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The intuitive answer to me would be to "emphasize" something. This explanation seems different from others I've seen, however, that say it means to "finish something". Help on this?

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    I don't find anything difficult to understand in the question, and don't know why it has been marked down. "different from other" is not standard, but seems perfectly clear to me.
    – Colin Fine
    Jul 15, 2011 at 15:22
  • The two different meanings for this are probably regional.
    – GEdgar
    Jul 15, 2011 at 17:23

3 Answers 3

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The idiom does have a different meaning from "emphasize".

draw a line under something

if you draw a line under something, it is finished and you do not think about it again: Let's draw a line under the whole episode and try to continue our work in a more positive frame of mind.

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  • I guess it's like doing a "check" on your checklist? or maybe cross it out?
    – stonebird
    Jul 15, 2011 at 15:15
  • Don't, however, confuse it with the similar phrase draw the line (at something). This means "to set a limit at something; to decide when a limit has been reached." You can make as much noise as you want, but I draw the line at fighting. It's hard to keep young people under control, but you have to draw the line somewhere.
    – Daniel
    Jul 15, 2011 at 15:15
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    Now, I don't think it's either a "check" (I would say a "tick" in the UK) or crossing it out. The image for me is an account book, or perhaps a record of incidents. When one event is finished with you draw a line right across the page to mark the end of that and a fresh start.
    – Colin Fine
    Jul 15, 2011 at 15:20
  • Well done, Colin!
    – stonebird
    Jul 15, 2011 at 15:33
  • @ColinFine I believe it's also a security thing, you draw a line through any blank space remaining on the page to prevent anyone adding something further. Similar to writing a cheque, so no one can add extra figures.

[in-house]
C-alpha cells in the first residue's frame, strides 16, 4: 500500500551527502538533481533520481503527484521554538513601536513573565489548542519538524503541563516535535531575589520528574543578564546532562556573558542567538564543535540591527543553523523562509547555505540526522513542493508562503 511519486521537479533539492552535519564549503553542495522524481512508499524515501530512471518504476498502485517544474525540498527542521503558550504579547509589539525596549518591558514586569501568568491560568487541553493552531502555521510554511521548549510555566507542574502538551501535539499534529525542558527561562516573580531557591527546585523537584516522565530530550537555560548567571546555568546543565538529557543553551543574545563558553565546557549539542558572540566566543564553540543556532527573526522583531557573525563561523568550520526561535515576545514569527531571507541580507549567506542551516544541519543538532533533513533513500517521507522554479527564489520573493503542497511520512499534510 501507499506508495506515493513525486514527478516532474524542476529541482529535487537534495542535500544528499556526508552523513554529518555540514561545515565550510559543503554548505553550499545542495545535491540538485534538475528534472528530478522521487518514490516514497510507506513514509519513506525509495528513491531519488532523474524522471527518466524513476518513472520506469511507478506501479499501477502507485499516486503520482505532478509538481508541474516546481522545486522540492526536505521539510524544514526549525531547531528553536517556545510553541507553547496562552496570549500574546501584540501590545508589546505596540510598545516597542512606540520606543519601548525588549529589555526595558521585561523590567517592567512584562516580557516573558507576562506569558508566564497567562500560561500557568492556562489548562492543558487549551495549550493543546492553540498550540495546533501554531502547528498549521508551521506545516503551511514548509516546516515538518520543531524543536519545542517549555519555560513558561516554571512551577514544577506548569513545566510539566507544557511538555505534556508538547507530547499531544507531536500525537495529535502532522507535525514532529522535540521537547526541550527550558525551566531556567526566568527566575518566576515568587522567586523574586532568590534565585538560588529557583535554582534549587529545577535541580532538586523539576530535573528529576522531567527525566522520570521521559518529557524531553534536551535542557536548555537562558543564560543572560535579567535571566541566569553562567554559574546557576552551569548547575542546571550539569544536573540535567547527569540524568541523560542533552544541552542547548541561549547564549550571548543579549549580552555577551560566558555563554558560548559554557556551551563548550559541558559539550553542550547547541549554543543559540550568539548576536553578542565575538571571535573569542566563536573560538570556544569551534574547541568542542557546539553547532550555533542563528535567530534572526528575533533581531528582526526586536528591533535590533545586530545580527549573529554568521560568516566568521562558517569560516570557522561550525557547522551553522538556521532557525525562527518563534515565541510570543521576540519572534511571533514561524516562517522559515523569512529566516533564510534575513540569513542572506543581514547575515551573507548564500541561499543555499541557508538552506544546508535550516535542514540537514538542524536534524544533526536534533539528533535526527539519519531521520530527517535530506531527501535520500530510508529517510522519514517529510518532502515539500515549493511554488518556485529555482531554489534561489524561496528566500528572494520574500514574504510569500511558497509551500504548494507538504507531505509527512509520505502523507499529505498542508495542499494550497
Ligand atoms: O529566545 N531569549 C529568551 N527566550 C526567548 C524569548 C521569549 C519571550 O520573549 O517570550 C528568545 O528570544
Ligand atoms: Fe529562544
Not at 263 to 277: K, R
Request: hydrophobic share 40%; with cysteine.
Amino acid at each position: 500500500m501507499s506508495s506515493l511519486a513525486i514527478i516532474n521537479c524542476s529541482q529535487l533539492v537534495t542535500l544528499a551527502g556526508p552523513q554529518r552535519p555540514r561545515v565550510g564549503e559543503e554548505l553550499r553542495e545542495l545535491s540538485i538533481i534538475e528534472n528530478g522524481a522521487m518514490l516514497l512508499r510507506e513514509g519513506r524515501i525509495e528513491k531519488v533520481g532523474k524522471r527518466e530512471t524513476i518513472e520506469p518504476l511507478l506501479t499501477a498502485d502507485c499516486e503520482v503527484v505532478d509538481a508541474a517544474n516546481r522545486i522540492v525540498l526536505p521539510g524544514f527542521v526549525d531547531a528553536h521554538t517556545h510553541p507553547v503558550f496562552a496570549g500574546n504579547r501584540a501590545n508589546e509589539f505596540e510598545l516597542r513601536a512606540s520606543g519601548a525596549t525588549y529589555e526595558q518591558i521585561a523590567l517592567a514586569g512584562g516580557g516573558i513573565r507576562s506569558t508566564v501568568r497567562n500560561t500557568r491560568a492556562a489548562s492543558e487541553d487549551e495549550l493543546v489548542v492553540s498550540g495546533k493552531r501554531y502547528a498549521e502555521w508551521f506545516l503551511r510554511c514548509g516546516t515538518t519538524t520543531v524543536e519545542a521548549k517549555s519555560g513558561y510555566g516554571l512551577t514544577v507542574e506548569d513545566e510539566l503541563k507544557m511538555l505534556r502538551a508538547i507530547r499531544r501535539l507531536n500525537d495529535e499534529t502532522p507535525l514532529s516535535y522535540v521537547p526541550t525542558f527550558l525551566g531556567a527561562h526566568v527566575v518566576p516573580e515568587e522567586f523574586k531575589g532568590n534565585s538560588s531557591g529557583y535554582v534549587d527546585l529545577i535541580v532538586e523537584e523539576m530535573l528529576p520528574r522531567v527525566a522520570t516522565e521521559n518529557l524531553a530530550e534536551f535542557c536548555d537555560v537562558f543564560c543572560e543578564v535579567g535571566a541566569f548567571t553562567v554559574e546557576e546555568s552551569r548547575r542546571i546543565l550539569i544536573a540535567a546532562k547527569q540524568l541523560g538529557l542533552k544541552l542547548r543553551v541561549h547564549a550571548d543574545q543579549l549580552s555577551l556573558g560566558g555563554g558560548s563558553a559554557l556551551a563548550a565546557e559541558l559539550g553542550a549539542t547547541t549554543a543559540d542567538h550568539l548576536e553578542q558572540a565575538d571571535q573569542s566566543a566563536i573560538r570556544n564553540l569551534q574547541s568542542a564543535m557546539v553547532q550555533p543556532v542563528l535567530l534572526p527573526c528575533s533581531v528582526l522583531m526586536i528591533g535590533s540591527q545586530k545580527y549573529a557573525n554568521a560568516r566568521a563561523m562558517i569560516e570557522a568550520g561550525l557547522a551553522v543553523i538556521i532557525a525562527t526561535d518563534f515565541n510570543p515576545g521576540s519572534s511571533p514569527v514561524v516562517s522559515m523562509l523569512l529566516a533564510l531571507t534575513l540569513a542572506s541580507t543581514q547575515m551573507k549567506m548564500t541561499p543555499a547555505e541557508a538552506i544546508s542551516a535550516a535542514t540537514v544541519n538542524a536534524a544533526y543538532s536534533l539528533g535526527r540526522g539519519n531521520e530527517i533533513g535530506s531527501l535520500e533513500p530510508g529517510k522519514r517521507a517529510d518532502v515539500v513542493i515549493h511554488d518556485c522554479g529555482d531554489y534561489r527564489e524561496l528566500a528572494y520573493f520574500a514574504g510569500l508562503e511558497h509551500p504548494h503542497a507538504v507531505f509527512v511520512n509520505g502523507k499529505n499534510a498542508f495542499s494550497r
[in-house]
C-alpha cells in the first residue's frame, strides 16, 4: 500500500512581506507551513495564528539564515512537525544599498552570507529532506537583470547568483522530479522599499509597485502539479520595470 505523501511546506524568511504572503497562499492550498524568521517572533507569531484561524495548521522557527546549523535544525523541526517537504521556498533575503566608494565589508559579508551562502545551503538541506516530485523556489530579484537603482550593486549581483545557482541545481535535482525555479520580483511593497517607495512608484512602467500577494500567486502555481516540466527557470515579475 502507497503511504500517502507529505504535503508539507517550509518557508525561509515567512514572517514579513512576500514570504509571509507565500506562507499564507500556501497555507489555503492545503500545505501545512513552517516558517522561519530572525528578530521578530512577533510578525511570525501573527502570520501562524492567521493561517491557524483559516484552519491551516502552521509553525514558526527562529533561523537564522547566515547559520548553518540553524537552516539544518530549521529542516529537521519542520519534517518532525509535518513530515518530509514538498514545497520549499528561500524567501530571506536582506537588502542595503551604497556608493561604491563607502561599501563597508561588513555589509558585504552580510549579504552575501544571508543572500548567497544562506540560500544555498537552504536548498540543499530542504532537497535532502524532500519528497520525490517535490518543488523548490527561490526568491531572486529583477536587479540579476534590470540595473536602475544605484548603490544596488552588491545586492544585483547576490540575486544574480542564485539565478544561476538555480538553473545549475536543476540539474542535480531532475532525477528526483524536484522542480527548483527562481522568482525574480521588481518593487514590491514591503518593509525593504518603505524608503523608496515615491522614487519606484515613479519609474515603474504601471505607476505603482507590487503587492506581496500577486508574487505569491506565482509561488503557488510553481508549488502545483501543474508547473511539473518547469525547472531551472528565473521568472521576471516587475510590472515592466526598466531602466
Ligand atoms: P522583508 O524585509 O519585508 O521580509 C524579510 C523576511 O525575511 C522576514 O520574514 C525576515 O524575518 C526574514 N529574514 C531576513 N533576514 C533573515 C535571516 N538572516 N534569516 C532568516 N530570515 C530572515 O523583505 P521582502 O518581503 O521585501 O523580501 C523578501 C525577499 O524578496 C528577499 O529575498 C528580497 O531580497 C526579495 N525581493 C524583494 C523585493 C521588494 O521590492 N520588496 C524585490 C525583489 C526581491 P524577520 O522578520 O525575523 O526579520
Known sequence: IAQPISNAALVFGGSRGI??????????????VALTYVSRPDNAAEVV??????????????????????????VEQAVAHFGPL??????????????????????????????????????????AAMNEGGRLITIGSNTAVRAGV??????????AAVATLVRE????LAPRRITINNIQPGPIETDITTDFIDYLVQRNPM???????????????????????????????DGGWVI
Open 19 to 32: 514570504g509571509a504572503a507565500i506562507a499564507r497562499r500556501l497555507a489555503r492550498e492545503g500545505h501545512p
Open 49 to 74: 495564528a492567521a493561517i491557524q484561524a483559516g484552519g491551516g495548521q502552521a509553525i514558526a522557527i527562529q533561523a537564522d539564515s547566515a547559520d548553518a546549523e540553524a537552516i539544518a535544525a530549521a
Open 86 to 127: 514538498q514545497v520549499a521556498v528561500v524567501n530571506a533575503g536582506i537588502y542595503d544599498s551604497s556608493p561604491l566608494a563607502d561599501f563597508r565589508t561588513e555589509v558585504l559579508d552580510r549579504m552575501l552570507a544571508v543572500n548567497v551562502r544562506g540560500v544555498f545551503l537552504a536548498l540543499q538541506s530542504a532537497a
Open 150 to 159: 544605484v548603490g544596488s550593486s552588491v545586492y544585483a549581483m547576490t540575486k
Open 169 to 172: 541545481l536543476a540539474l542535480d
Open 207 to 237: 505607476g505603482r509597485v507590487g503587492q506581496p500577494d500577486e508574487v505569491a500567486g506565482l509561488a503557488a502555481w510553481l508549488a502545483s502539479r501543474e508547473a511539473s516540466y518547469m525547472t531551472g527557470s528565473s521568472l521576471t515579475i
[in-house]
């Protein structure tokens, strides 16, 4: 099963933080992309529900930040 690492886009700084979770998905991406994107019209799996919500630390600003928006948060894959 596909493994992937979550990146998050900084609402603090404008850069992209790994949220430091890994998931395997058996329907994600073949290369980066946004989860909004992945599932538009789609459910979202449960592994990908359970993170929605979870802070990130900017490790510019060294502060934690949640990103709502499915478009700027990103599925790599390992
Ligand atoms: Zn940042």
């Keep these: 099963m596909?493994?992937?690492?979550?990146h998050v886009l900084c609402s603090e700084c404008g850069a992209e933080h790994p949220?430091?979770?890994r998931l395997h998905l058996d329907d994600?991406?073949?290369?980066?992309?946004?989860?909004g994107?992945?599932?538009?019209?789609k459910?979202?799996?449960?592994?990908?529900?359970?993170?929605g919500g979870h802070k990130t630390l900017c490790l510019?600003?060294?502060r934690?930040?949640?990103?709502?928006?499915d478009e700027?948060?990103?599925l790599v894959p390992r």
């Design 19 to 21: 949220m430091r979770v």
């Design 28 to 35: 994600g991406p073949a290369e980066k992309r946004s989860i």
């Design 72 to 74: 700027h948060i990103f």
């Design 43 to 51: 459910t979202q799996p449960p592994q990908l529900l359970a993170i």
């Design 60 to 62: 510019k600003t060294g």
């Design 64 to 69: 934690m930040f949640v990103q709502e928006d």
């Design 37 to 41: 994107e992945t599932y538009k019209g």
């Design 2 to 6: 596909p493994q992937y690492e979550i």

– Mynamite
    Aug 17, 2013 at 10:37
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Think of it like writing down a column of figures to add. When it's time to finish, you "draw a line under it", do the arithmetic and move on to the next one.

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It's an expression which originated as a term used by Accountants, in preparing the accounts -- especially the profit-and-loss account -- for any trading business.

Drawing a line under it is literally what the Accountant does, on the printed page, to rule-off the end of one trading period. At the end of the trading year it's traditional to draw a line across the page to mark the end of a trading period, and that marks the point up to which the trading accounts of the business are prepared for that period.

By literally drawing a line under the end of the year's trading, it physically separates one trading period from the next: the annual accounts are then prepared up to the marked point, with any later income or outgoings assigned to the following period.

Over time, it's become customary to use this expression in far wider contexts than simply business accounts, and the expression now denotes any situation where someone wishes to speak of making a fresh start.

In accountancy, each new annual trading period represented a fresh start for the business, whether the previous 12 months had been good or bad for it. This concept of ruling off events in the past and starting again is nowadays a form of common usage in a wide range of activities, many entirely unconnected to business finance.

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